Her galley has everything you’d expect and the space to actually use it to feed your family or crew. The galley also has those small design features that help keep you safe while cooking underway. An L-shaped design but with a small leg outboard, almost a U-shape, giving you something to wedge yourself into while underway to keep you at the galley and not flying across the boat to the nav area. Which brings us to the spot the real navigators out there are always looking for – a forward facing nav area with enough counter space to spread out that paper chart they still love to use but also having the wall space to install all the electronic features the modern navigator has begun to rely upon. The Salon has a drop leaf table on centerline, an L shaped Settee to Port and straight bench to starboard and enough space to simply walk through with the starboard table leaf down, no need to slip by the table sideways to get forward.
But how does she really sail and motor? We were blessed with 17 to 22 knots of breeze and 70 degree temps for our demo sail and with the “best boat” judges aboard we found she was easily handled under main and jib by drivers and sailors at every level of ability and while under motor pleasantly learned that the sound level of the auxiliary below decks actually got quieter as the motor reached cruising rpms and beyond. Once the judges disembarked we rigged the chute and prepared to push her through the paces. Unique to the Salona is that the retractable pole is to port placing the lines opposite to what I am used to but that was easily overcome and with the rather large A2 pulling us along at 10 knots I turned the boat up to the point I felt we were pushing the lee bow and were about to round up. Without blowing any sails I turned the helm hard to leeward and instead of the rudder losing contact with the water and rounding the boat up she dove down, leveled out and the bow lifted up over the bow wave and we shot forward. Exactly what she should do, but unexpected on a boat carrying along all that interior. With a bit more breeze and an A3 this boat should really get moving.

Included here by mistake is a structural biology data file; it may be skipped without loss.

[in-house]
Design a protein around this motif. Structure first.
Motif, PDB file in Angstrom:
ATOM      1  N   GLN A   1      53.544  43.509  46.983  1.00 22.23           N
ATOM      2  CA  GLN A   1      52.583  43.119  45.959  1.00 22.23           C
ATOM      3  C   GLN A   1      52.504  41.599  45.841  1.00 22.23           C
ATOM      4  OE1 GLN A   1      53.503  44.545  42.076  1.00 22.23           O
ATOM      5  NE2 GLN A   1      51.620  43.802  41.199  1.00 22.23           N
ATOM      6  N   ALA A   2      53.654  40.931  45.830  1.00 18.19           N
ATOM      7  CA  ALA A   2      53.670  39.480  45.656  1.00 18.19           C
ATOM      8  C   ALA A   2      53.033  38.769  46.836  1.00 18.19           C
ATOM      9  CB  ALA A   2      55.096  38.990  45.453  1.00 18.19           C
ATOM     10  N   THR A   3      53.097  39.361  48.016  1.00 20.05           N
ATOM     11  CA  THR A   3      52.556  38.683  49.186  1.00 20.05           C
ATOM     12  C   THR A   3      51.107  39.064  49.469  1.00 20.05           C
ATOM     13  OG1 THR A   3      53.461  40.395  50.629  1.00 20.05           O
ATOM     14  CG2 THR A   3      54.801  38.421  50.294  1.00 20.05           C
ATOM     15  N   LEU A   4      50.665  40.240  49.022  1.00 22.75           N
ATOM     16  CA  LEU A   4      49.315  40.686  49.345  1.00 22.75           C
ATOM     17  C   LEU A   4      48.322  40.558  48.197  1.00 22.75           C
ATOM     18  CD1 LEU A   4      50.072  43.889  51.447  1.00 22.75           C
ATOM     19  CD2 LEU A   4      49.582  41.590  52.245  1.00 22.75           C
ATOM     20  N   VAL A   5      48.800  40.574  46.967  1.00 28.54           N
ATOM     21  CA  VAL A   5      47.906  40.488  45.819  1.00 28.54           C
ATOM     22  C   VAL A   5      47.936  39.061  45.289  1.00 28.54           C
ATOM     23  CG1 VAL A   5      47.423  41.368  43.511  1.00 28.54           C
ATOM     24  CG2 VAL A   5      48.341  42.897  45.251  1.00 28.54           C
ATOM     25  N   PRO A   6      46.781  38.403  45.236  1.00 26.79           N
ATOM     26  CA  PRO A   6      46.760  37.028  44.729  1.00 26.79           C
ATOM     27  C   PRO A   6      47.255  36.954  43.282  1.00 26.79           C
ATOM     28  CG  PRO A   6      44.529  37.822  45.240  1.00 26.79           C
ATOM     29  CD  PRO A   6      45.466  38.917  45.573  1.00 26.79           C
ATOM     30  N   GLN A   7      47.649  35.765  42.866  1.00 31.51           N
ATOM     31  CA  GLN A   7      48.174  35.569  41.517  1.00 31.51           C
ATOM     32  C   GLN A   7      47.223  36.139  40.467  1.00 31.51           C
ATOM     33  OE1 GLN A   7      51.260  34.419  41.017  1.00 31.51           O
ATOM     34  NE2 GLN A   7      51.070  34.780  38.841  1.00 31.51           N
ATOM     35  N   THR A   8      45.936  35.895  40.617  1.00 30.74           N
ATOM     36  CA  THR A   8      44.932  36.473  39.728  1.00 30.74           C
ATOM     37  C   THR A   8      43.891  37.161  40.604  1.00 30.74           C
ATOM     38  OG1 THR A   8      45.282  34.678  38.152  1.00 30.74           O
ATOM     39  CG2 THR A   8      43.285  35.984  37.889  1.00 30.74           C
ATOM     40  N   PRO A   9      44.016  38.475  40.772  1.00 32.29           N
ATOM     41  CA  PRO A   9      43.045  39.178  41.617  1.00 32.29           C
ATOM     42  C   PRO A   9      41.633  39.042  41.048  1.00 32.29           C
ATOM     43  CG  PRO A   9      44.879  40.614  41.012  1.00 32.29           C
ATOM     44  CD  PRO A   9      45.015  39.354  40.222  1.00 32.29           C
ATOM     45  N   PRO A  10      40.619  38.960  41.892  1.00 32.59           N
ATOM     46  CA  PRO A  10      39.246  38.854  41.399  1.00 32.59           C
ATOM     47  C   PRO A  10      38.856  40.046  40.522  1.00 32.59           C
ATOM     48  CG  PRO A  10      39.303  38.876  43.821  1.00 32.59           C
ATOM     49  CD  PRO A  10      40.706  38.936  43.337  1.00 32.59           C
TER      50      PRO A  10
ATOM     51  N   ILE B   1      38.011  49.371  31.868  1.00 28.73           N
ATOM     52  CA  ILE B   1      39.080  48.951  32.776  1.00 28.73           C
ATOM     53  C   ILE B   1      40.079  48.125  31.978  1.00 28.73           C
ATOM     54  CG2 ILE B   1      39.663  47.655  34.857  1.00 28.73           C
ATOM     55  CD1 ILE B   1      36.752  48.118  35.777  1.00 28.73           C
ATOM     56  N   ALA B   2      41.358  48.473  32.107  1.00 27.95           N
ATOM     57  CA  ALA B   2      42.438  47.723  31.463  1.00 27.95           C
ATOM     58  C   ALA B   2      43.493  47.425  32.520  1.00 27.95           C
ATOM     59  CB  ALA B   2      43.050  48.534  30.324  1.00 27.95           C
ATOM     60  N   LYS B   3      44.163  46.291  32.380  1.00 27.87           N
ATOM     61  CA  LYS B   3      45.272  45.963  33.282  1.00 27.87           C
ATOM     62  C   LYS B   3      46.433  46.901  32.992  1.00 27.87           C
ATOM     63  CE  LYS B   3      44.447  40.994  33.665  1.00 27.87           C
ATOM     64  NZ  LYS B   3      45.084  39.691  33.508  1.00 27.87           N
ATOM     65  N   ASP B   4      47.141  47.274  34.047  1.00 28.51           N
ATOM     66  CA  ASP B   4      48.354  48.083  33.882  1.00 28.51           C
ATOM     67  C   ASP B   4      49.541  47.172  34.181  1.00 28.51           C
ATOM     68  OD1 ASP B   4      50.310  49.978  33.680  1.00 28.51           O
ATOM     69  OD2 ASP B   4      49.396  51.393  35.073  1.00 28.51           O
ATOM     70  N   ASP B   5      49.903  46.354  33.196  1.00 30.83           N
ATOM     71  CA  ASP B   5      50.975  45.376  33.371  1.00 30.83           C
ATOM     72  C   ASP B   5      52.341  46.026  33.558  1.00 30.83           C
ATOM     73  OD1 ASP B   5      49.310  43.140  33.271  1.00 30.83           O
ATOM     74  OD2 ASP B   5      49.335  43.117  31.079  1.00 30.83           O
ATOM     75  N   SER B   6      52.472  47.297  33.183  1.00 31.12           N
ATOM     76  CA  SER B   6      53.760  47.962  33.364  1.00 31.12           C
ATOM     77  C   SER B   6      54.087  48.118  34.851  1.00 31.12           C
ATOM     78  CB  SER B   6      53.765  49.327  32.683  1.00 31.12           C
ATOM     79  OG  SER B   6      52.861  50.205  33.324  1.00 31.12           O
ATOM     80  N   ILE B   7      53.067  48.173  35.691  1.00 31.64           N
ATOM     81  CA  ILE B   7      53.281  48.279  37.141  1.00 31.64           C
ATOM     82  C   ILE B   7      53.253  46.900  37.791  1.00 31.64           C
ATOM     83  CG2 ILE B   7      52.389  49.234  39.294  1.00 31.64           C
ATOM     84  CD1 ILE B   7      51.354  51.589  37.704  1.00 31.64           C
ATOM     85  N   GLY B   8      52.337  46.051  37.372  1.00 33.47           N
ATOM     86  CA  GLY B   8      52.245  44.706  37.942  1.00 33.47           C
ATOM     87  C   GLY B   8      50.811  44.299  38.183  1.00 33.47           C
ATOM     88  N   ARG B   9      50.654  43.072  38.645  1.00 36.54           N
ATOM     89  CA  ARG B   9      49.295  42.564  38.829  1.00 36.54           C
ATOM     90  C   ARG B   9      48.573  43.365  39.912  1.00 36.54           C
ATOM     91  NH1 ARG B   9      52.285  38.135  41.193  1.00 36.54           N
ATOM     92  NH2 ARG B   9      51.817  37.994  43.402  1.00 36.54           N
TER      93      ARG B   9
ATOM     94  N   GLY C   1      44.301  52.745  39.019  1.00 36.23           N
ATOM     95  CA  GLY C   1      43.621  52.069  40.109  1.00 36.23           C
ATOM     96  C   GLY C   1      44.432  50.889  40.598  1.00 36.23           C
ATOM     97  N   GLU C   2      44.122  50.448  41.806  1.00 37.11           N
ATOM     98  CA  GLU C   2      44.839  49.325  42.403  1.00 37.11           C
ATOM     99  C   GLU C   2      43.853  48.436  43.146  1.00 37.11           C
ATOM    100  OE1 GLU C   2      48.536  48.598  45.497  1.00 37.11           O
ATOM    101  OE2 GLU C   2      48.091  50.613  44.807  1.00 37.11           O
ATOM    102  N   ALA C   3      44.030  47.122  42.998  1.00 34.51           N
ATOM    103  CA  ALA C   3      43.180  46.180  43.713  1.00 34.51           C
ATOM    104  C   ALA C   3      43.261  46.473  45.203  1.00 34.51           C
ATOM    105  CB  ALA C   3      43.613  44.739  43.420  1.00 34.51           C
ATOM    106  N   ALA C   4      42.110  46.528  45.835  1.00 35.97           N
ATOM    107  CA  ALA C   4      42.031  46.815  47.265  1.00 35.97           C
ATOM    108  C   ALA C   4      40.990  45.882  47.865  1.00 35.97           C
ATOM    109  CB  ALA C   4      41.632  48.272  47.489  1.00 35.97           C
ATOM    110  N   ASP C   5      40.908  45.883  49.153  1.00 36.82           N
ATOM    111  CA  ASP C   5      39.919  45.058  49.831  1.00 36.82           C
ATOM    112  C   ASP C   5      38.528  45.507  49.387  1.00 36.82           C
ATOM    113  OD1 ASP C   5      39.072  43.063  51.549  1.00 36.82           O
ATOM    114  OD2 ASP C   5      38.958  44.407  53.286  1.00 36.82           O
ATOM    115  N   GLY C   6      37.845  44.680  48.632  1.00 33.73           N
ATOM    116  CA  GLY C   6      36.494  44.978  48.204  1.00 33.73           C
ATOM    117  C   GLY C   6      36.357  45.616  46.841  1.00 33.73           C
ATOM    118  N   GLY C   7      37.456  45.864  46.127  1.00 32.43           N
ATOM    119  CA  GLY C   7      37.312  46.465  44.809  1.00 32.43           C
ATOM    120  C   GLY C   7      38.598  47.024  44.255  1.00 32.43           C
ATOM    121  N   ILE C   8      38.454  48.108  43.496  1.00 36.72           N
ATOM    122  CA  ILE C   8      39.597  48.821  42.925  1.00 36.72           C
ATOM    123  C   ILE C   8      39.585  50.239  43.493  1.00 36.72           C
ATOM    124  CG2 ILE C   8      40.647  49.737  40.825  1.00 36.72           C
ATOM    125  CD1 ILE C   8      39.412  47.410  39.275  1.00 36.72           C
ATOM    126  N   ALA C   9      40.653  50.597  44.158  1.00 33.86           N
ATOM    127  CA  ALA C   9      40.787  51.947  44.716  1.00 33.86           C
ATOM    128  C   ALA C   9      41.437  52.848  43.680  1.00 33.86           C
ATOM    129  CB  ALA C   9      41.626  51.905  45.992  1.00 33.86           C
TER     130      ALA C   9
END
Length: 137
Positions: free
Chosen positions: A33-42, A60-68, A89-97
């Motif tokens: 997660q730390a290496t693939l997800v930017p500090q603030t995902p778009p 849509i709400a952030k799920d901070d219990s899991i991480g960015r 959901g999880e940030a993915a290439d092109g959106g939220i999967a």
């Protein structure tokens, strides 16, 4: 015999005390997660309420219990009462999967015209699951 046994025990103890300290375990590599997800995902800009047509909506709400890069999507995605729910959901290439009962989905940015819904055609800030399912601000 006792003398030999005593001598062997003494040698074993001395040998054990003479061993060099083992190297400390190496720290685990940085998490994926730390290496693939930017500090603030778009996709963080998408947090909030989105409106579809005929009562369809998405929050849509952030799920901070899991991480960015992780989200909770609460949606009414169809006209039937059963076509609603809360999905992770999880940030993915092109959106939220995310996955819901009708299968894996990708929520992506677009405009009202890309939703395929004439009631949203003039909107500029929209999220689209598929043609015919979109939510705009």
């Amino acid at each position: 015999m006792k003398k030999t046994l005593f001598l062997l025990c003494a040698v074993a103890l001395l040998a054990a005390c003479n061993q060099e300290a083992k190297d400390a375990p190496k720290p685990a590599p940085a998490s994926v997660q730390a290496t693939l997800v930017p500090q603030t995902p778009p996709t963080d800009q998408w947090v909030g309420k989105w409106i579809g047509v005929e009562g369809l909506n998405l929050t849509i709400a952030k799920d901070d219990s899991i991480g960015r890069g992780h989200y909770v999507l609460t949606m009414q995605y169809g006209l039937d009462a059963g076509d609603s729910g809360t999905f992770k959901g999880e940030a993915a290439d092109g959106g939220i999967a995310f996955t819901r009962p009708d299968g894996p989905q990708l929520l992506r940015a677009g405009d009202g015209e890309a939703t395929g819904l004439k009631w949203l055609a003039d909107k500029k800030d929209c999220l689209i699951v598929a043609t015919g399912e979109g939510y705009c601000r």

To weather we pulled down a reef in the main and sheeted in the non-overlapping jib and with puffs pushing over 20 knots and the rail down she charged to weather at speeds over 7 knots and had the proper amount of weather helm to help work to weather but no so much that the rudder was fighting the energy of the boat. This is when we learned about not only the ease of adjusting and tacking the boat with the non-overlapping jib but that the German main sheeting system led to winches on both sides of the cockpit had one winch that was electric and controlled from buttons at the helm, both in and out – I laughed and felt spoiled! Easily within reach of the helm the winches can be used manually almost as easily as with the electric motor. She cut through the waves rather bouncing over them and when there was a following wave from a passing powerboat she steered easily along her course as the stern lifted to the wave.